How long does it take to clean out the air ducts in my home?

How do I inspect the system when buying a home?

In your home, if you have a heating or cooling system, you likely have ducts running throughout your house. These can get clogged with stuff (dust, hairballs, carcinogens…and even mold) over time. Air duct cleaning is  like cleaning out your vacuum bag or the lint catcher in your dryer. If you let it go to long, it can become a real problem.

We come in with our pro equipment and team and can clean your air ducts efficiently without hassle. Within a few hours, we’ll be finished and you’ll know you and your family are breathing quality indoor air. 

We go through and clean all the duct work passageways in our cleanings, as well as inspect and sanitize them. We have specialized blowers, brushes and vacuums designed for air duct systems so it’s way easier for us to do it in a fraction of the time it would take without that equipment. We then clean any registers, grilles, fans, motors, handlers and coils in your HVAC system.

air duct cleaning

How often should your air ducts be cleaned like this?

Generally we recommend doing this every 5-7 years. If you have pets, respiratory issues, or a compromised immune system, we’d suggest more often. If you’re moving into a pre-built home, you may want to do this before you move in. Depending on the filtration system you have, you may need less frequent cleanings.

How long does it take to clean air ductwork systems?

We estimate usually around two to four hours to clean with our crew. We usually send 2 technicians. Older homes, older systems or homes that have pets may take longer.

Do you use any chemicals during this process?

Nope. Unless required by an industrial hygienist or a certified contractor, we don’t use chemicals. If we had to, we only use an EPA-registered anti-microbial solution.

How do I inspect the system when buying a home?

How do I inspect the system when buying a home?

Ideally, if you’re looking at a house to purchase and make your new home, you’d want to find a licensed home inspector or an HVAC technician (like us!) to come and inspect the HVAC system for you. 

It’s like paying a mechanic to check out a used car before buying it. That’s the quick and easy way to get it handled and have peace of mind. (Click here to contact us to coordinate with us to do an inspection for you.)

One of the things that makes buying a house stressful is the nagging fear that something will break down soon after moving in. The range won’t heat up, the boiler will start leaking, or the heating, ventilation and air-conditioning (HVAC) equipment will refuse to work, leaving a major hole in the household budget.

Regardless of the home’s age or the condition of the HVAC equipment, you should insist that the seller provide a home warranty to cover unforeseen issues over the next year.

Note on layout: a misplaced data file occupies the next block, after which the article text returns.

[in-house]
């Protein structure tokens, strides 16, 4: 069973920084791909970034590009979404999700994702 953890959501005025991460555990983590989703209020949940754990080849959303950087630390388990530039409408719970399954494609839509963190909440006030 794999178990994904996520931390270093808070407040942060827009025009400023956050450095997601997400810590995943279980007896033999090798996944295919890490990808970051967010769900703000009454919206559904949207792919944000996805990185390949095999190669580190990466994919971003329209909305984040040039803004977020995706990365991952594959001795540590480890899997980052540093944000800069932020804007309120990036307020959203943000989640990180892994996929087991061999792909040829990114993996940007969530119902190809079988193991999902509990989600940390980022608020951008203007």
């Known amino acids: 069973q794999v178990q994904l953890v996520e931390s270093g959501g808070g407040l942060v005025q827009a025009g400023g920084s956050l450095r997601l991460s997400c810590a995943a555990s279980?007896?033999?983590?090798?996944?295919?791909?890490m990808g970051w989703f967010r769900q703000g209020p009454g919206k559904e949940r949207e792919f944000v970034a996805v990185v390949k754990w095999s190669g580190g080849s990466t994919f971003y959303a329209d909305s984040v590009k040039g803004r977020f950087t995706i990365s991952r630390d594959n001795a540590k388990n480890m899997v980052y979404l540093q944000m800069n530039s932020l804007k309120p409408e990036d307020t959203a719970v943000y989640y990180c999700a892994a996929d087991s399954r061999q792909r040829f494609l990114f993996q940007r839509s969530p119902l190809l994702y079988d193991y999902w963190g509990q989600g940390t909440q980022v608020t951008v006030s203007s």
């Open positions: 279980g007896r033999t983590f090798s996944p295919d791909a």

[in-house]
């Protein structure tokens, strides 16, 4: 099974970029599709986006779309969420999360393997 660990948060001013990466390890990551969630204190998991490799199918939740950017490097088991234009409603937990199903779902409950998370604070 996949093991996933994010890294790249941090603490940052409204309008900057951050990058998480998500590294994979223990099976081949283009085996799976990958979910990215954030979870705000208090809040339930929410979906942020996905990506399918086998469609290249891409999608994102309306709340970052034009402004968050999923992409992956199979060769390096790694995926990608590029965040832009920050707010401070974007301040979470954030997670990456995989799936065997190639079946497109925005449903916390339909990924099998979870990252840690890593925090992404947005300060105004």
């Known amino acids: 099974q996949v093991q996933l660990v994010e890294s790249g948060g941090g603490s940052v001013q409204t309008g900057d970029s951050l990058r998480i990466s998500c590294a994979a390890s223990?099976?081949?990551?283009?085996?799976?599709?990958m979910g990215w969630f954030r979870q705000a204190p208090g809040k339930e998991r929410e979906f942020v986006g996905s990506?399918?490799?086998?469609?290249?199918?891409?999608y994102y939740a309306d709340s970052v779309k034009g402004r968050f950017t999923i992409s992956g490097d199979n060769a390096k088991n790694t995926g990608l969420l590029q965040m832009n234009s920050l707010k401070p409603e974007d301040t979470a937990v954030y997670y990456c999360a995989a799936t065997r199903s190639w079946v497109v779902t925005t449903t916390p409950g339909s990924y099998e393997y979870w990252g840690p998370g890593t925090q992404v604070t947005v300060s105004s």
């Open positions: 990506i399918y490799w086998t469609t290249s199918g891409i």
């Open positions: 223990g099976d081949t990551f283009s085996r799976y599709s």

If you notice any problems with the HVAC system layout or the equipment itself as you tour the home, bring up your concerns with the seller.

A few questions to ask the seller:

  1. What type of HVAC equipment is installed and how old is it? Is it still under warranty?
  2. What is the HVAC equipment’s brand, efficiency rating, and fuel type?
  3. Do you have a copy of maintenance and repair records?
  4. Do you have an HVAC maintenance agreement you can transfer to me if I buy the house?
  5. Is a programmable thermostat installed?

If you want to get an idea of what you’re dealing with, here are tips on how to inspect the HVAC system in a house:

  • Determine how old the system is. The average HVAC system lifespan is about 15 years. Ask the seller to repair or replace the HVAC system if it’s over a decade years old, appears damaged, or suffers from problematic performance. If they don’t want to make the upgrade themselves, ask for an allowance or discounted selling price so you can afford to install new equipment once the house is yours.
  • Check the condition of the duct work. Leaky ductwork wastes precious heated and cooled air while meandering duct runs force HVAC equipment to work harder. Check whether the ductwork has any loose connections, visible gaps, torn sections, or other problems.
  • Look at the equipment. Does the equipment look like it is in good condition? Does it make odd noises? You probably won’t be able to make an accurate assessment of the system based only on how it looks, but you may notice something that concerns you.
  • Look for insulation. It’s difficult to check insulation levels in the walls without professional equipment, but you can peek into the attic as you take a tour. You’re looking for a thick blanket of insulation covering the attic floor. Any ductwork running through the space should also be insulated.
  • Note the comfort level of the rooms. Pay attention to the overall comfort level as you move from room to room. If you notice temperature differences, stuffiness, or drafts, there could be something wrong with the HVAC equipment, ductwork, or insulation levels.